Plus, many female stars choose to wrap themselves in well-known luxury brands, such as Channel, Gucci and Christian Dior, rather than in fashions that seem to specifically target an ethnic population.
But that’s not to say there isn’t potential for more women’s brands to enter the field.
From music to movies and from Jennifer Lopez to Serena Williams, Latina, Asian and African-American female celebrities are playing an increasingly critical role in shaping many areas of popular culture, and some of these celebrities seem perfectly suited to start their own fashion lines.
Sonya Owens, owner of the two-unit Atlanta chain Mack’s Cab Co., said Jennifer Lopez should follow in the steps of her bad-boy partner and launch a line of clothing because “she’s going to give them sexy urban.”
If Lopez launched a line, Owens believes “the Puerto Rican community will come out for her because they love and support her.” But Owens is quick to add the Lopez persona is one that extends beyond any one race or ethnic background.
“I think Jennifer messing around with Puffy right now will make her line really hot because now they look at her like she’s one of us and one of the girls — there’s no color barrier,” she said.
Meanwhile, a host of women’s magazines has sprung up that are tapping into the broader ethnic market, including Latina, Honey, Latin Girl, Savoy and Girl, which offer a venue for up-and-coming fashion firms.
In the last few years, several popular young men’s brands have launched women’s lines, including Fubu, Karl Kani, Mecca, Phat Farm and Enyce. Although the women’s offerings from these brands still have relatively small distribution, they are starting to gain acceptance among retailers and consumers. Many of the crossover brands feature styling that is dramatically different from the men’s counterparts that inspired them, and often have product that is tailored and fitted.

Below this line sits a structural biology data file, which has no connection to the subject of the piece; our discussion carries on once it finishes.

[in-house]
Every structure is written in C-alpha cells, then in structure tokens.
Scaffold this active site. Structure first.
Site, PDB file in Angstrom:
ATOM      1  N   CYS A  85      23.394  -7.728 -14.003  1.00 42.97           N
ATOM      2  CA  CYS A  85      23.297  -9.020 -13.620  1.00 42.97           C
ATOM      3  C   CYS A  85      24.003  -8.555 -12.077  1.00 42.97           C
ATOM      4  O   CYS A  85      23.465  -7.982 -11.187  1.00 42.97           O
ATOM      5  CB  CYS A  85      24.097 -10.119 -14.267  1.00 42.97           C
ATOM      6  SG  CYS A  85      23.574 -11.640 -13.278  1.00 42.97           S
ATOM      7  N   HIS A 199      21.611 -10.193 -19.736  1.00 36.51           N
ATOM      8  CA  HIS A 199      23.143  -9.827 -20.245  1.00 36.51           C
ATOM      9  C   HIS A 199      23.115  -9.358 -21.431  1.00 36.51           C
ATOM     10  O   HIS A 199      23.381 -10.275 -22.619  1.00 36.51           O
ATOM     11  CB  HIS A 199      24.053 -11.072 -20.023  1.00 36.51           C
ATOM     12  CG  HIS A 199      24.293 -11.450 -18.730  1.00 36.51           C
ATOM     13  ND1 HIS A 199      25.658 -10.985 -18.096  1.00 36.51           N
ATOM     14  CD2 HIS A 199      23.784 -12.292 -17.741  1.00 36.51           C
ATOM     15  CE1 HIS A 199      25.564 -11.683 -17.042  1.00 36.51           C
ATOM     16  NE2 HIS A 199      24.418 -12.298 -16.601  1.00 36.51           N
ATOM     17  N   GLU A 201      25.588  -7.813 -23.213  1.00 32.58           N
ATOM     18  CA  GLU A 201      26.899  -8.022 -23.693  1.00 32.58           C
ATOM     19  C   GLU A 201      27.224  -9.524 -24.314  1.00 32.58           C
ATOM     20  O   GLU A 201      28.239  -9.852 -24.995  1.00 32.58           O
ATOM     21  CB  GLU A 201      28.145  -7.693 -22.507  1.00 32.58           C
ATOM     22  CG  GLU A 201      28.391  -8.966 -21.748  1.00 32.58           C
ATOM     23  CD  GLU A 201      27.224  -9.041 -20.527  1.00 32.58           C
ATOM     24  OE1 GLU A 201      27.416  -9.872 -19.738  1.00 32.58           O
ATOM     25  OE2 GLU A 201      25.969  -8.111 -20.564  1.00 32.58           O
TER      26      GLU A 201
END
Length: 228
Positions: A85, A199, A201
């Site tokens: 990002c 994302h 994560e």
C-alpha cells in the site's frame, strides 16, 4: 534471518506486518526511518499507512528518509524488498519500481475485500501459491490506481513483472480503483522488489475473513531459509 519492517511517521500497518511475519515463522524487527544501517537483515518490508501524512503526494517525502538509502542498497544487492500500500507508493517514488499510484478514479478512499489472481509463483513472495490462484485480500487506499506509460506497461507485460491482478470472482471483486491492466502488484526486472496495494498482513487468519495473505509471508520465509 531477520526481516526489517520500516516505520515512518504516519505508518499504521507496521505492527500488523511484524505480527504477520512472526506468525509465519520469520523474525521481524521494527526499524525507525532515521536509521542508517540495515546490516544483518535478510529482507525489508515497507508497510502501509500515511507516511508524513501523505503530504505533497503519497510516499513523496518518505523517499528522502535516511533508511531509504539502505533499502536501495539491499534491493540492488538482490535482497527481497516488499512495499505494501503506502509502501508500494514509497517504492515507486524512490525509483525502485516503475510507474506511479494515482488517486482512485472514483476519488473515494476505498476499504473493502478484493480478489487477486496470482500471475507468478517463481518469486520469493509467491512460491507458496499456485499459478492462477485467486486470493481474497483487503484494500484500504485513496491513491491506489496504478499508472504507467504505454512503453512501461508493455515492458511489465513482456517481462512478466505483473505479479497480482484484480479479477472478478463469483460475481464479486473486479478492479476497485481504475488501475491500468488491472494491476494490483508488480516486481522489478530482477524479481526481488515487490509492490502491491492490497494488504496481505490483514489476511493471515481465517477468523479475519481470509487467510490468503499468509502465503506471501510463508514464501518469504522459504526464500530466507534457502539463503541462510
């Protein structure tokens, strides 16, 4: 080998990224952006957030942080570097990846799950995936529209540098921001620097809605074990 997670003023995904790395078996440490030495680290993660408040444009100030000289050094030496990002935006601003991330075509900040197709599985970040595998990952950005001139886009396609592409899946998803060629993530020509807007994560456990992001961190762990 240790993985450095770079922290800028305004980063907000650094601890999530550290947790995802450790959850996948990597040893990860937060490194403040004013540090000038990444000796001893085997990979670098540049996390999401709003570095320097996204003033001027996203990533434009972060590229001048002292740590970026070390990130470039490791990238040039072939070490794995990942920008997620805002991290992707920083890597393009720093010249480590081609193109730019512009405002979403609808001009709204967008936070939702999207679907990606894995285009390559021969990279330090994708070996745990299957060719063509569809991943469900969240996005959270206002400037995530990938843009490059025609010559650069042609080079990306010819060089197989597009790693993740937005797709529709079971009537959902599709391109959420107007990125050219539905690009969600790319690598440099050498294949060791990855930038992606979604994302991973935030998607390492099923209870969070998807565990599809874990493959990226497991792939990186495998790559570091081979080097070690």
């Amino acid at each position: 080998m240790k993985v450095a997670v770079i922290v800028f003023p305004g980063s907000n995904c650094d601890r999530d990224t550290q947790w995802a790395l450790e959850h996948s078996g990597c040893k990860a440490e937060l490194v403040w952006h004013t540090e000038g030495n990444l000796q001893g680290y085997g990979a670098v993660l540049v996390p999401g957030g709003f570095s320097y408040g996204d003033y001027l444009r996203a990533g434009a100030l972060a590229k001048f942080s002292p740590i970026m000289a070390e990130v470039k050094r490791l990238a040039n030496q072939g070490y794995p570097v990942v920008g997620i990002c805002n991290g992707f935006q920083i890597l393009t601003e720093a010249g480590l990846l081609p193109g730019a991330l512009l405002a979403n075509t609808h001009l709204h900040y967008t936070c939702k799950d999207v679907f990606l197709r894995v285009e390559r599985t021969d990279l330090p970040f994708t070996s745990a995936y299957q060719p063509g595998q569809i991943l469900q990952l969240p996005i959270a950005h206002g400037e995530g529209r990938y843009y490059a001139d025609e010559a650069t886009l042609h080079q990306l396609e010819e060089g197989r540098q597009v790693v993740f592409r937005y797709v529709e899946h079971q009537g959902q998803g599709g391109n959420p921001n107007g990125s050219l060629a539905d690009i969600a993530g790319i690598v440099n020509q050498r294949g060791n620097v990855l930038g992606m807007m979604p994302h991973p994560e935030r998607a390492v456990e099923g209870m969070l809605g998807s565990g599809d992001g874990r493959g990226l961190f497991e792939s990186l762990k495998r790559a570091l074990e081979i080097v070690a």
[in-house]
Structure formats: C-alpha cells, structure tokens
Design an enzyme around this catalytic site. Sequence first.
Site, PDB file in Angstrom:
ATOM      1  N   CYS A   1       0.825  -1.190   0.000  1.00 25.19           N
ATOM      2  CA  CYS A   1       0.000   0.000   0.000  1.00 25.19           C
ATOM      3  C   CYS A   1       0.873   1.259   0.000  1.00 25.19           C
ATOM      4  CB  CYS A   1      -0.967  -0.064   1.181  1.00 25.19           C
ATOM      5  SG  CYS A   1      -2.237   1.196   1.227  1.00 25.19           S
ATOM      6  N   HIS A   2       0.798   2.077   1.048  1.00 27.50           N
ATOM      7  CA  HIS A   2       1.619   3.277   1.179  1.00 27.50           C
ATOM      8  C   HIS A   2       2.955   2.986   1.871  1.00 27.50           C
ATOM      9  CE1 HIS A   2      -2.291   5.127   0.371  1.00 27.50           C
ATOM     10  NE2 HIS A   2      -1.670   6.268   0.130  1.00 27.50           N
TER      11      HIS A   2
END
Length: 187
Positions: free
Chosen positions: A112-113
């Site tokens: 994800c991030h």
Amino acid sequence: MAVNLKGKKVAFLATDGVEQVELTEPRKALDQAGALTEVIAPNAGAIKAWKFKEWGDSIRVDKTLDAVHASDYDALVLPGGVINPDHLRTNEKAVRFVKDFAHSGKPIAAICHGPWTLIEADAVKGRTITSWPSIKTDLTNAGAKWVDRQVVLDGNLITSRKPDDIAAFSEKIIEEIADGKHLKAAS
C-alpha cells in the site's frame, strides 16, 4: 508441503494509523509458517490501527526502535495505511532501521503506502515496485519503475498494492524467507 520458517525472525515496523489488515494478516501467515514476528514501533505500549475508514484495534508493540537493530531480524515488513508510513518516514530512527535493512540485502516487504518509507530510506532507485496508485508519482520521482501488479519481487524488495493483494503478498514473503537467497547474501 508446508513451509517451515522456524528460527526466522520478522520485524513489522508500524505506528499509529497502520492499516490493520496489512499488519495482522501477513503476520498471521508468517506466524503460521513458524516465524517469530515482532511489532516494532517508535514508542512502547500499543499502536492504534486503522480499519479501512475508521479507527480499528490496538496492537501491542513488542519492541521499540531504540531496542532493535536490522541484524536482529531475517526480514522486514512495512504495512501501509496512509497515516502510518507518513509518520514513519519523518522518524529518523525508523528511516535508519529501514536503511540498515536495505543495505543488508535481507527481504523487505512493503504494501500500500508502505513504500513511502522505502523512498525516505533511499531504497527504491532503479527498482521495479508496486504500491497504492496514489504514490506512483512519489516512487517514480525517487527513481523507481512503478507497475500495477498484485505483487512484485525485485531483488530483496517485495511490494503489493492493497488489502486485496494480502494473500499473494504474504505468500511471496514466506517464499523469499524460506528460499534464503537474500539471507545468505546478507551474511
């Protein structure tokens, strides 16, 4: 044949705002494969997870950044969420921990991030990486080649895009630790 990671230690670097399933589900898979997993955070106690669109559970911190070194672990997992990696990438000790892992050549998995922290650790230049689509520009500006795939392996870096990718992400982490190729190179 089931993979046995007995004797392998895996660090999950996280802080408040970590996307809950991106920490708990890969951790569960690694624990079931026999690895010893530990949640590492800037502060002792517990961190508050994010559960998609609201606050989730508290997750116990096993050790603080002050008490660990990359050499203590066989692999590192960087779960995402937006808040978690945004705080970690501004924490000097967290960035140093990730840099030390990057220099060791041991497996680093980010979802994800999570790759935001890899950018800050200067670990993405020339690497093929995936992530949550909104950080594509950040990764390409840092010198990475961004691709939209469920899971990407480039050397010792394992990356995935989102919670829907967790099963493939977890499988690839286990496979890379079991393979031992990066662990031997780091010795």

Kimora Lee Simmons, wife of Russell Simmons, is the president and creative director behind Baby Phat and has been instrumental in launching that line, which started shipping last spring.
“We have had great reception and we feel like there is a lot of potential for the brand,” said Keith Foy, vice president of sales at Baby Phat. “When we started, we had more reception from specialty stores, but now department stores are starting to become more aware of the urban market.”
Among the stores Baby Phat is currently distributed in are Pacific Sunwear’s Demo division, as well as Macy’s East and Dillard’s.
Baby Phat has already signed four licensing deals and will likely add a few more soon, said Michelle Perez, marketing director for the company. Baby Phat’s second ad campaign for spring is starting to run this month in a number of magazines.
Fubu Ladies, the women’s line from Fubu, launched in 1998, and now has a variety of licensed products.
“We have always avoided the term urban,” said Leslie Short, president of marketing and advertising. “With our women’s line we have gone softer and more feminine, and our styling has gotten more sophisticated.”
Lady Enyce launched nearly two years ago, and was one of the first junior lines to evolve out of the young men’s scene. Now in about 150 doors, Lady Enyce is expected to have sales of about $15 million this year, according to president Evan Davis.
As mainstream companies continue to target a wider audience, they have to take some time to figure out how to best market their message.
Up Against The Wall’s Red said mainstream labels have adapted their advertising in recent years to capture the attention — and spending dollars — of minority consumers.
But, said Owens, slapping a black face on an advertisement — such as the Steven Klein-shot, fall 1999 CK Jeans ad featuring Foxy Brown — doesn’t make an brand urban, nor does it necessarily warm the hearts of minority consumers.
“Just because she’s wearing (a pair of CK Jeans), that’s not making the brand urban,” she said. “I think they’re just trying to cater to the kids who are urban, who are black and that’s not going to do it. He just put Foxy Brown in a pair of jeans — he didn’t make another line to cater to these kids.”